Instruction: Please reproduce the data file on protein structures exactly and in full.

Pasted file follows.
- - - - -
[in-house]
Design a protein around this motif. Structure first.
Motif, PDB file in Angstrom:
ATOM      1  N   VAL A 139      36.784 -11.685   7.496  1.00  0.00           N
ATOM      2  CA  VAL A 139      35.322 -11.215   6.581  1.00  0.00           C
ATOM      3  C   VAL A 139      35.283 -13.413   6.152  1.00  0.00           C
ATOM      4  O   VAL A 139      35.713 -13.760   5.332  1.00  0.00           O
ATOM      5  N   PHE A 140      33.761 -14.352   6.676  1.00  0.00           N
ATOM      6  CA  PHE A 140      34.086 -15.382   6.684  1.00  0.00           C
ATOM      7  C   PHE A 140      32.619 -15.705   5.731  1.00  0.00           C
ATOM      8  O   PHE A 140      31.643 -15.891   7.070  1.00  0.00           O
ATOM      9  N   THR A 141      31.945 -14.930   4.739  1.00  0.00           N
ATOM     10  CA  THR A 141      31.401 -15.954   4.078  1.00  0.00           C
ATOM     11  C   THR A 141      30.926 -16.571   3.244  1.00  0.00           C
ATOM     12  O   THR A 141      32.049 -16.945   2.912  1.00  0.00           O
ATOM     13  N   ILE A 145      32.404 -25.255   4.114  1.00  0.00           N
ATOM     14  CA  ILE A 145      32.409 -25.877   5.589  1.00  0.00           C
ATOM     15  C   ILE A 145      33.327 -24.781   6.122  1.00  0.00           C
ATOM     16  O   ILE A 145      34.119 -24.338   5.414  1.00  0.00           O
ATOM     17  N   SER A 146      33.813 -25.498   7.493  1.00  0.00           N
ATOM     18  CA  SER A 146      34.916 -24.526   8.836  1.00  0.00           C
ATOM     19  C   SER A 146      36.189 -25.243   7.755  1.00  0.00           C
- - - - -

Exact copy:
[in-house]
Design a protein around this motif. Structure first.
Motif, PDB file in Angstrom:
ATOM      1  N   VAL A 139      36.784 -11.685   7.496  1.00  0.00           N
ATOM      2  CA  VAL A 139      35.322 -11.215   6.581  1.00  0.00           C
ATOM      3  C   VAL A 139      35.283 -13.413   6.152  1.00  0.00           C
ATOM      4  O   VAL A 139      35.713 -13.760   5.332  1.00  0.00           O
ATOM      5  N   PHE A 140      33.761 -14.352   6.676  1.00  0.00           N
ATOM      6  CA  PHE A 140      34.086 -15.382   6.684  1.00  0.00           C
ATOM      7  C   PHE A 140      32.619 -15.705   5.731  1.00  0.00           C
ATOM      8  O   PHE A 140      31.643 -15.891   7.070  1.00  0.00           O
ATOM      9  N   THR A 141      31.945 -14.930   4.739  1.00  0.00           N
ATOM     10  CA  THR A 141      31.401 -15.954   4.078  1.00  0.00           C
ATOM     11  C   THR A 141      30.926 -16.571   3.244  1.00  0.00           C
ATOM     12  O   THR A 141      32.049 -16.945   2.912  1.00  0.00           O
ATOM     13  N   ILE A 145      32.404 -25.255   4.114  1.00  0.00           N
ATOM     14  CA  ILE A 145      32.409 -25.877   5.589  1.00  0.00           C
ATOM     15  C   ILE A 145      33.327 -24.781   6.122  1.00  0.00           C
ATOM     16  O   ILE A 145      34.119 -24.338   5.414  1.00  0.00           O
ATOM     17  N   SER A 146      33.813 -25.498   7.493  1.00  0.00           N
ATOM     18  CA  SER A 146      34.916 -24.526   8.836  1.00  0.00           C
ATOM     19  C   SER A 146      36.189 -25.243   7.755  1.00  0.00           C